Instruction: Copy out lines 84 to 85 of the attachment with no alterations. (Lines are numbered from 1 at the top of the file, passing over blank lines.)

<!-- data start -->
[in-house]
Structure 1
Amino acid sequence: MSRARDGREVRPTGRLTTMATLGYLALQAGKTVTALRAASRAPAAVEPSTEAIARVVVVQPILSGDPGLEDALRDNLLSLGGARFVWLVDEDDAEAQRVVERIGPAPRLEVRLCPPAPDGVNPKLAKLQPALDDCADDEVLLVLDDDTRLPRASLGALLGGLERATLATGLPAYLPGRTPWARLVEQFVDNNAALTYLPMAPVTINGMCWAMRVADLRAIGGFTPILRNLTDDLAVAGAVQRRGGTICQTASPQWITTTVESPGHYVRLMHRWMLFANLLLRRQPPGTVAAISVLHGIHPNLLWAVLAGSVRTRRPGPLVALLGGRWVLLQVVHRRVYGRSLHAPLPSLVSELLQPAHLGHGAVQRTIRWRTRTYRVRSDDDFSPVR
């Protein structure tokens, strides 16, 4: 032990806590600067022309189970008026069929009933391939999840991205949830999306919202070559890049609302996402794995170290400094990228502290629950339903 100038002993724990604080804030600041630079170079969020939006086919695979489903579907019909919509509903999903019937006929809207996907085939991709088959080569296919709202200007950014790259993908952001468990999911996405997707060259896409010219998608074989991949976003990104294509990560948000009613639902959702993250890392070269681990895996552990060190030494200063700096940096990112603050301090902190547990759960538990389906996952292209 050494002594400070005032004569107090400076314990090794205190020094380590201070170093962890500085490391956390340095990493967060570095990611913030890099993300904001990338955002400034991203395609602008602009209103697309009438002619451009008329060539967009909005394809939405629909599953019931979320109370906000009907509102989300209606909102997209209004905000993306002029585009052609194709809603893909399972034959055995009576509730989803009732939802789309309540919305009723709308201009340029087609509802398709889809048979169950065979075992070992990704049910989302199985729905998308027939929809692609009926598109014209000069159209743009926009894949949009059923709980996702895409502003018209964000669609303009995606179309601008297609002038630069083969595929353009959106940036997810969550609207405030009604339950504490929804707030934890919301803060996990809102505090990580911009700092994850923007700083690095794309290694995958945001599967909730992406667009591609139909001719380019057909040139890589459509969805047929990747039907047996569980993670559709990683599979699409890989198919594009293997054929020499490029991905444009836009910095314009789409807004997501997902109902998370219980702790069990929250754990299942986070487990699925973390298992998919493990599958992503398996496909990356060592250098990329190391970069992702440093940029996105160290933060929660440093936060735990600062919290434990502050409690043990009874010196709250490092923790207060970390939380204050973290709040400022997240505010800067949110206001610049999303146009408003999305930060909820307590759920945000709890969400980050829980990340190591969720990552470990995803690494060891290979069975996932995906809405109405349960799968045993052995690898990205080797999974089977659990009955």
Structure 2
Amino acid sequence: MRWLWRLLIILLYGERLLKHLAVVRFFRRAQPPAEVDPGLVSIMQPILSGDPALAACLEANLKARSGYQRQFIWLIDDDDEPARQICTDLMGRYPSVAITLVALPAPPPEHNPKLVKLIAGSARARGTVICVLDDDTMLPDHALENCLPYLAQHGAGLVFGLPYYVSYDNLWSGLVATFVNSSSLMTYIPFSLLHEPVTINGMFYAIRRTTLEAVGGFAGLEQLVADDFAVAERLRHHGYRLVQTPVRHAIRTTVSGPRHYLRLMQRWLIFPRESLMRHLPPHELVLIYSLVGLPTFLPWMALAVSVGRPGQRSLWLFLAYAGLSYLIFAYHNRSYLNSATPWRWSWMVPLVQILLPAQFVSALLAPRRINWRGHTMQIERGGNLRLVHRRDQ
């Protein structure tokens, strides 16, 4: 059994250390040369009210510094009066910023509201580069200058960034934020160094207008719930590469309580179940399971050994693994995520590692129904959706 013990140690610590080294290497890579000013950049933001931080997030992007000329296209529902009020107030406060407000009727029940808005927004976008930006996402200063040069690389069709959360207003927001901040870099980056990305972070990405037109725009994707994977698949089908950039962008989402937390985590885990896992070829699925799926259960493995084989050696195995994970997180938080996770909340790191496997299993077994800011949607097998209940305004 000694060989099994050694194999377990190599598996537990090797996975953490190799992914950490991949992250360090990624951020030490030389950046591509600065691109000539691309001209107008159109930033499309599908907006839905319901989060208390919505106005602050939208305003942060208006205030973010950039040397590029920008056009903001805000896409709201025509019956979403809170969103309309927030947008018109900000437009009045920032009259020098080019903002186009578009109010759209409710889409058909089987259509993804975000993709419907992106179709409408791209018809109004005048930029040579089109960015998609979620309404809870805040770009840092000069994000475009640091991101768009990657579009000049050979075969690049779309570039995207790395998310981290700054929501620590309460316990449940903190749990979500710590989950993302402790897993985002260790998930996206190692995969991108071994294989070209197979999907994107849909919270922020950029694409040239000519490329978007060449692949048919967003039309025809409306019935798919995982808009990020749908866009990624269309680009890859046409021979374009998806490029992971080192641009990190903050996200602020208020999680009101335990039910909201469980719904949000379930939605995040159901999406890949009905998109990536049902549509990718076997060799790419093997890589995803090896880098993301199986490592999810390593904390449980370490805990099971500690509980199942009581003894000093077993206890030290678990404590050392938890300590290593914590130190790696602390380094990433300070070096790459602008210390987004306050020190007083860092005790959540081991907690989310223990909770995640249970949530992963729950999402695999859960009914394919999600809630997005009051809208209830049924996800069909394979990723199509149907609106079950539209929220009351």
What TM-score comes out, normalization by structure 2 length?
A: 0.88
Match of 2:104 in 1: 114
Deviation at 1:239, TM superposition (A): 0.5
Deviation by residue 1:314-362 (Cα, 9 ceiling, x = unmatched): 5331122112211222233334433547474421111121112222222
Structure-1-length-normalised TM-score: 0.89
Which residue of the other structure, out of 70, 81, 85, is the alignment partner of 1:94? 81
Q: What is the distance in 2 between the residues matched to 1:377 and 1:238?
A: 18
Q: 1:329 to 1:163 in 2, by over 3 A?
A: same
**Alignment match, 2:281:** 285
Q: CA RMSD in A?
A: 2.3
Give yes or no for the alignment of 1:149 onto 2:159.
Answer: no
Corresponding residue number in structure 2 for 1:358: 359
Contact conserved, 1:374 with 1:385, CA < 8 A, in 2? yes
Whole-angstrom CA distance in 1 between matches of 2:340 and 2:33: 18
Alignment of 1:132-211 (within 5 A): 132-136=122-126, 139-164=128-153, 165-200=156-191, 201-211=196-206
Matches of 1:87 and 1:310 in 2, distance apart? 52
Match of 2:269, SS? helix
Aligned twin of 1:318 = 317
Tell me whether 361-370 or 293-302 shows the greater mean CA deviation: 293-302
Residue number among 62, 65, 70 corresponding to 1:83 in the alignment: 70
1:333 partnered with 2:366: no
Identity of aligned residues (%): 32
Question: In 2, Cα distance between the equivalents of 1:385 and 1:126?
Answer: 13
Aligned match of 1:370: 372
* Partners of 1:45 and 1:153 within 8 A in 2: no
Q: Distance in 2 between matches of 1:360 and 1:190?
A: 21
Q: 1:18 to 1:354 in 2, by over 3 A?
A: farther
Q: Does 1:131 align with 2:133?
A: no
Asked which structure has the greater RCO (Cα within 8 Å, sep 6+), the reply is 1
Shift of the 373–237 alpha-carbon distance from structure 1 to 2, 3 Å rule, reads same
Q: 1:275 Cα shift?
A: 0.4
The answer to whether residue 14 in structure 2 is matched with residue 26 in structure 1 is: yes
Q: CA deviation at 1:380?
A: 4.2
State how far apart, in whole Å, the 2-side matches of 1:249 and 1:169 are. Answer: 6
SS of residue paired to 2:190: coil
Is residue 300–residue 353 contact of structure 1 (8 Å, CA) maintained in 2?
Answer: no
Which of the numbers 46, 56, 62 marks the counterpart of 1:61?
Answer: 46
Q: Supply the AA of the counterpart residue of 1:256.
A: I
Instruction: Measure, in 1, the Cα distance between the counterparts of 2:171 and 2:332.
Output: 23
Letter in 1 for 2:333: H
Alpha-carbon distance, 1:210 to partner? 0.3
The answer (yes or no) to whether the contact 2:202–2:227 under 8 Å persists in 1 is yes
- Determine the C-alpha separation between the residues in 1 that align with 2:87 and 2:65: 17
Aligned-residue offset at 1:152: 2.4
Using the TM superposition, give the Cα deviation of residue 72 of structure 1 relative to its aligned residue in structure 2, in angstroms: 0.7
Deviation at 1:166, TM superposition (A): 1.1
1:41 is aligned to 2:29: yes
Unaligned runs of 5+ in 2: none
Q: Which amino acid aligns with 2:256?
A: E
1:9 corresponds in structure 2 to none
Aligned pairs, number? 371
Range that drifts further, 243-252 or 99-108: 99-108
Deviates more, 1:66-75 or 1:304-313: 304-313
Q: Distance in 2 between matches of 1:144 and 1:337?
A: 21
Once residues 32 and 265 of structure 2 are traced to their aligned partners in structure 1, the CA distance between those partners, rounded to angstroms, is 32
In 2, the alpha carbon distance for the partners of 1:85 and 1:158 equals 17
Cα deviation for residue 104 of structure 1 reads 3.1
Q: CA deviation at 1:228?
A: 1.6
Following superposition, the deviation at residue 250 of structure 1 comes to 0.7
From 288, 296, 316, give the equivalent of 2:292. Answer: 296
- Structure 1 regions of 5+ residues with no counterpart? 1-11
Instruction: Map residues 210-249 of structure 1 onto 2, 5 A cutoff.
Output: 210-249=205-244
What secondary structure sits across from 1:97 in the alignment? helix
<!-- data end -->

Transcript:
Following superposition, the deviation at residue 250 of structure 1 comes to 0.7
From 288, 296, 316, give the equivalent of 2:292. Answer: 296